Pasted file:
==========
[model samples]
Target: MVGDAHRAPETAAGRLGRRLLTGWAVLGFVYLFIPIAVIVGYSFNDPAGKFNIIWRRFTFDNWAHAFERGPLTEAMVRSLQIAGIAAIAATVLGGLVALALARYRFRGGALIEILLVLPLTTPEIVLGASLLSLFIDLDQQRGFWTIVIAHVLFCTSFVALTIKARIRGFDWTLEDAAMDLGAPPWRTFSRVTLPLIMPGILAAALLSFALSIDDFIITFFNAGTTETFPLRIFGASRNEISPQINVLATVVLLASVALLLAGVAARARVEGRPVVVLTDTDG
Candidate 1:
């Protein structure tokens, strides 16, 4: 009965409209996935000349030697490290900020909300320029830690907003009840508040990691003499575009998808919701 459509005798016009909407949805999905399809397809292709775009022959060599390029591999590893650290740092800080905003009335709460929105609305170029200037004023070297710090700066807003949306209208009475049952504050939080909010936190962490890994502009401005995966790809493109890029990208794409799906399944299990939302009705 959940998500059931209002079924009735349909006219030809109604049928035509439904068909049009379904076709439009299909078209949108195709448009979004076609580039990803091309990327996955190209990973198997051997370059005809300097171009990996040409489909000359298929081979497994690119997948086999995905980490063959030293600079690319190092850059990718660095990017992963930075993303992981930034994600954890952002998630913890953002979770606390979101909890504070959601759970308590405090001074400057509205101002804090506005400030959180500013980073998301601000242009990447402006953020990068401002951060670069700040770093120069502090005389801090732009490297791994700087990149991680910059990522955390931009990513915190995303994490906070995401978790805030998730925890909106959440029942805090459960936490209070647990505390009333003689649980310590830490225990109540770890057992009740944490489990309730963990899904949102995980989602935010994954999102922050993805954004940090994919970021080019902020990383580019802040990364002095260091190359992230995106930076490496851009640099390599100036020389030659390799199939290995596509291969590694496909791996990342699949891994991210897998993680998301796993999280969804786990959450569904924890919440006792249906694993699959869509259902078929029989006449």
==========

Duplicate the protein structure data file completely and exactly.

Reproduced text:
[model samples]
Target: MVGDAHRAPETAAGRLGRRLLTGWAVLGFVYLFIPIAVIVGYSFNDPAGKFNIIWRRFTFDNWAHAFERGPLTEAMVRSLQIAGIAAIAATVLGGLVALALARYRFRGGALIEILLVLPLTTPEIVLGASLLSLFIDLDQQRGFWTIVIAHVLFCTSFVALTIKARIRGFDWTLEDAAMDLGAPPWRTFSRVTLPLIMPGILAAALLSFALSIDDFIITFFNAGTTETFPLRIFGASRNEISPQINVLATVVLLASVALLLAGVAARARVEGRPVVVLTDTDG
Candidate 1:
């Protein structure tokens, strides 16, 4: 009965409209996935000349030697490290900020909300320029830690907003009840508040990691003499575009998808919701 459509005798016009909407949805999905399809397809292709775009022959060599390029591999590893650290740092800080905003009335709460929105609305170029200037004023070297710090700066807003949306209208009475049952504050939080909010936190962490890994502009401005995966790809493109890029990208794409799906399944299990939302009705 959940998500059931209002079924009735349909006219030809109604049928035509439904068909049009379904076709439009299909078209949108195709448009979004076609580039990803091309990327996955190209990973198997051997370059005809300097171009990996040409489909000359298929081979497994690119997948086999995905980490063959030293600079690319190092850059990718660095990017992963930075993303992981930034994600954890952002998630913890953002979770606390979101909890504070959601759970308590405090001074400057509205101002804090506005400030959180500013980073998301601000242009990447402006953020990068401002951060670069700040770093120069502090005389801090732009490297791994700087990149991680910059990522955390931009990513915190995303994490906070995401978790805030998730925890909106959440029942805090459960936490209070647990505390009333003689649980310590830490225990109540770890057992009740944490489990309730963990899904949102995980989602935010994954999102922050993805954004940090994919970021080019902020990383580019802040990364002095260091190359992230995106930076490496851009640099390599100036020389030659390799199939290995596509291969590694496909791996990342699949891994991210897998993680998301796993999280969804786990959450569904924890919440006792249906694993699959869509259902078929029989006449």